How much money do you spend on your skin. Cleanser? Moisturiser? Serum? Maybe the odd facial here and there? I’m about the same. I’m very lucky because I do occasionally get gifted lovely items of skincare too. When it comes to tackling skincare over 40, though, I’m starting to wonder if my beauty regime is enough. I’m noticing fine lines (especially in pictures when I smile), and although I slather on the SPF, I’m worried I’m not taking proper care of my skin. I’m also confused things like Botox, fillers and other aesthetic treatments. Are they worth the money?
I recently attended the launch of a new medical centre near me in Hemel Hempstead. One Stop Doctors is a brand new, very high tech private clinic, which offers a range of affordable private healthcare options, including GP services, dentistry, and some very specialist diagnostic screening. I remembered that they also offer aesthetics, and decided to go along and have a chat, firstly because I genuinely believe aesthetics should only be done by experts, and secondly because they offer a free consultation, which would give me a good idea of what my skin actually needs.
I headed along to my appointment, and after filling in a detailed questionnaire in reception, my therapist, Callie, launched into a second, more involved chat about my medical history, which I found really reassuring. We talked a little about my skincare routine, my skincare goals (I’d like plumper skin and to maybe address the fine lines developing around my eyes) and a little about the treatments available (skin peels, dermabrasion, microneedling, etc). Next it was time to hit the ‘Observ’ skin analysis scanner, which takes specialist pictures showing your skin under various different light sources, great for pointing out areas of dehydration, damage, pigmentation, etc, and pretty terrifying to look at too:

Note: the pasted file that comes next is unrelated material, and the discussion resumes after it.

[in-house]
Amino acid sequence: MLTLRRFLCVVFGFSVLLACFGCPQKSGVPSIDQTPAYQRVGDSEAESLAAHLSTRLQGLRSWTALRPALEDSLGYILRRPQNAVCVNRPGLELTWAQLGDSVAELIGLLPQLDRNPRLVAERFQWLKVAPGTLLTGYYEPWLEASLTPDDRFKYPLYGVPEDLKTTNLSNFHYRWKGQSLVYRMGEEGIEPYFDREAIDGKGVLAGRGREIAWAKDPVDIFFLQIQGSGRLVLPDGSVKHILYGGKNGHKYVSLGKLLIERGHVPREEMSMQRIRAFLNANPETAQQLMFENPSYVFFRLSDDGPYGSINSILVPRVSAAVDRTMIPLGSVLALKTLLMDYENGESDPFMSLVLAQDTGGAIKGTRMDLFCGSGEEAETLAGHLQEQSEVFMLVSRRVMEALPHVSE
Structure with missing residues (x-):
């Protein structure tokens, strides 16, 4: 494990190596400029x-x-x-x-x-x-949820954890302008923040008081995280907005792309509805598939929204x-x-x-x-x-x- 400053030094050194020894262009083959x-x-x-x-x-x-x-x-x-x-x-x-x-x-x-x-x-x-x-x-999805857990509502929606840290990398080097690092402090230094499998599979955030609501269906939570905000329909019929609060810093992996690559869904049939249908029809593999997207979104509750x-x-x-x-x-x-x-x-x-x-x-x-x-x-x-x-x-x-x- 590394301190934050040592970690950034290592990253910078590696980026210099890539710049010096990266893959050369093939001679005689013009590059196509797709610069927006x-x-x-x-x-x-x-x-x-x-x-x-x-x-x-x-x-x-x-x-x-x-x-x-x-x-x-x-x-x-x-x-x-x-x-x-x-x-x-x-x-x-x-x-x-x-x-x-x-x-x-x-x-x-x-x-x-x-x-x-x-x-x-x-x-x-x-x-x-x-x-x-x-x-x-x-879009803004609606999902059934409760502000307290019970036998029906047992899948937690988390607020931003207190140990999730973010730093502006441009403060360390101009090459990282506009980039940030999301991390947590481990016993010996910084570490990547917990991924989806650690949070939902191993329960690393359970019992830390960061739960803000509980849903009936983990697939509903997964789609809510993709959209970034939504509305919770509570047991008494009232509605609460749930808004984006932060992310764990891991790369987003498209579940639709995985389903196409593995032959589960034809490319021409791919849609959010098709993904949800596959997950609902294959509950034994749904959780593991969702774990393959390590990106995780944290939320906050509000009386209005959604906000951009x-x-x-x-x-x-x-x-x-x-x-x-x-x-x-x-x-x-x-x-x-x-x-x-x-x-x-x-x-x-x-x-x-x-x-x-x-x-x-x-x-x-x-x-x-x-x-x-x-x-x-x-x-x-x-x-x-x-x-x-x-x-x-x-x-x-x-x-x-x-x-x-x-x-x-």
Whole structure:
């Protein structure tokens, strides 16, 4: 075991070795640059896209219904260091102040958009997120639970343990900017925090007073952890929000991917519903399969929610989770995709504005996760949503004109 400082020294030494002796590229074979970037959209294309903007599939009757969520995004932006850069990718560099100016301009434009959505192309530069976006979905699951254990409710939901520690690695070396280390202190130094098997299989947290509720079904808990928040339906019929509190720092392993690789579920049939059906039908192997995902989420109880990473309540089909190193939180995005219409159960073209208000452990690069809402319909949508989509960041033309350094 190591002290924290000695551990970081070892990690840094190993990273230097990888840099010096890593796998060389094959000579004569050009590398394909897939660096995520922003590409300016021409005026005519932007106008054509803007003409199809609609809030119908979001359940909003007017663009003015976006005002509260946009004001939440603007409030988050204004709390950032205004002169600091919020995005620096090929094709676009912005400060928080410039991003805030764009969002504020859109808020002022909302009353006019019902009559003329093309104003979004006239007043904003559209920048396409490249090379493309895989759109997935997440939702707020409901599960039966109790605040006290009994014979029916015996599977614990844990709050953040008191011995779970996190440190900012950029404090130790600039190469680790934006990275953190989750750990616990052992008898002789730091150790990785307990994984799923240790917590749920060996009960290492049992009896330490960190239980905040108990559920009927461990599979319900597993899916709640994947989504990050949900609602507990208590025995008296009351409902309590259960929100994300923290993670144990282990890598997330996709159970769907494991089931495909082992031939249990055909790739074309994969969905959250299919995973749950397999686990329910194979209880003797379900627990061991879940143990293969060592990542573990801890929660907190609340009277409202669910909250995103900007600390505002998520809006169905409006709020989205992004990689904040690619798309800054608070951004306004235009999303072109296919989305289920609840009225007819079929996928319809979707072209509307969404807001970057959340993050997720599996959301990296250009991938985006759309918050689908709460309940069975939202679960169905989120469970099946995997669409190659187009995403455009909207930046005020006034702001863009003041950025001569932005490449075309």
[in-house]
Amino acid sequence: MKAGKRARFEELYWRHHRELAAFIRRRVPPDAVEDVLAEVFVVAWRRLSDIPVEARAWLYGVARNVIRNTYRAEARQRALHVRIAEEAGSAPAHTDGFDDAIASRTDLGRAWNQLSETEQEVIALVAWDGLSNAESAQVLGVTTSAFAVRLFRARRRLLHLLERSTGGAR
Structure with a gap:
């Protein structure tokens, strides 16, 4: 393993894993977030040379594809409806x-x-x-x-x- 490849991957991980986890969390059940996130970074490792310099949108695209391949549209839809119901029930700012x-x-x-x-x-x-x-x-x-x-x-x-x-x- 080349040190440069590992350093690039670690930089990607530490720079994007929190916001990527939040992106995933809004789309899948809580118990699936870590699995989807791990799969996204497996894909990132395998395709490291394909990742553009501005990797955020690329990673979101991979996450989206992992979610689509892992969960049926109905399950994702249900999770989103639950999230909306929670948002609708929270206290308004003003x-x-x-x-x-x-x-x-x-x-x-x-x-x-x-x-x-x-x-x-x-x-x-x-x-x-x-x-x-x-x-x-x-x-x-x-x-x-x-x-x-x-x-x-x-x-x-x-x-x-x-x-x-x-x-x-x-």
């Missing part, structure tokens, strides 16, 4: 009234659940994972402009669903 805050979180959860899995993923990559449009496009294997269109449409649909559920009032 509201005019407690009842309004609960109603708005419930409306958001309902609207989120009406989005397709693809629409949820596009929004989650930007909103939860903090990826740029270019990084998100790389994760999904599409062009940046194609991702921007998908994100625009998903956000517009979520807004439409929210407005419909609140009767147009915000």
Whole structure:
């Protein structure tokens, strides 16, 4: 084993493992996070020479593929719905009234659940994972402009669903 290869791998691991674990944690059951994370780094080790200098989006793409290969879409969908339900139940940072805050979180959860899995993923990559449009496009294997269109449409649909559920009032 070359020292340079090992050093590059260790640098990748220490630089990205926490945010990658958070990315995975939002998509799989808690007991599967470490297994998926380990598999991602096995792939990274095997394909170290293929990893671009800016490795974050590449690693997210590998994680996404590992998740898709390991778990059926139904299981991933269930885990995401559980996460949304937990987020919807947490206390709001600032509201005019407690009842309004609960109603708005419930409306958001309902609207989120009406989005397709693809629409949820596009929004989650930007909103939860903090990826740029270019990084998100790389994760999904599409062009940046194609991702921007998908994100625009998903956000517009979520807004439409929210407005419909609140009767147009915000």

WOAH! But Callie was pleased to report that my scans didn’t show anything too sinister: a bit of sun damage, some slight reddening and a few small thread veins around my nose, and some enlarged pores on my forehead.
To strengthen and thicken the delicate skin around my eyes that I’m concerned about, Callie recommended something called radiofrequency – it’s a non-invasive treatment that’s great for stimulating collagen production and firming and rejuvenating the skin. The only slight downside is that it costs £1800 for a course of four.
While I’m thinking about it, we’ve decided to start with a dermabrasion treatment and a light skin peel (at a more affordable £130), which combined will rejuvenate my skin texture and treat my fine lines and skin damage. I’m still interested in injectables and have made an appointment to see one of the aesthetics doctors for a consultation after my appointment. I’ll report back on how I get on.
In the meantime, though, I’m determined to start taking better care of my skin, and I came away with some great reminders about using SPF ALL the time, even when it’s not sunny, and drinking lots more water (and a bit less wine). What about you? Have you ever thought about seeing an expert for your skin?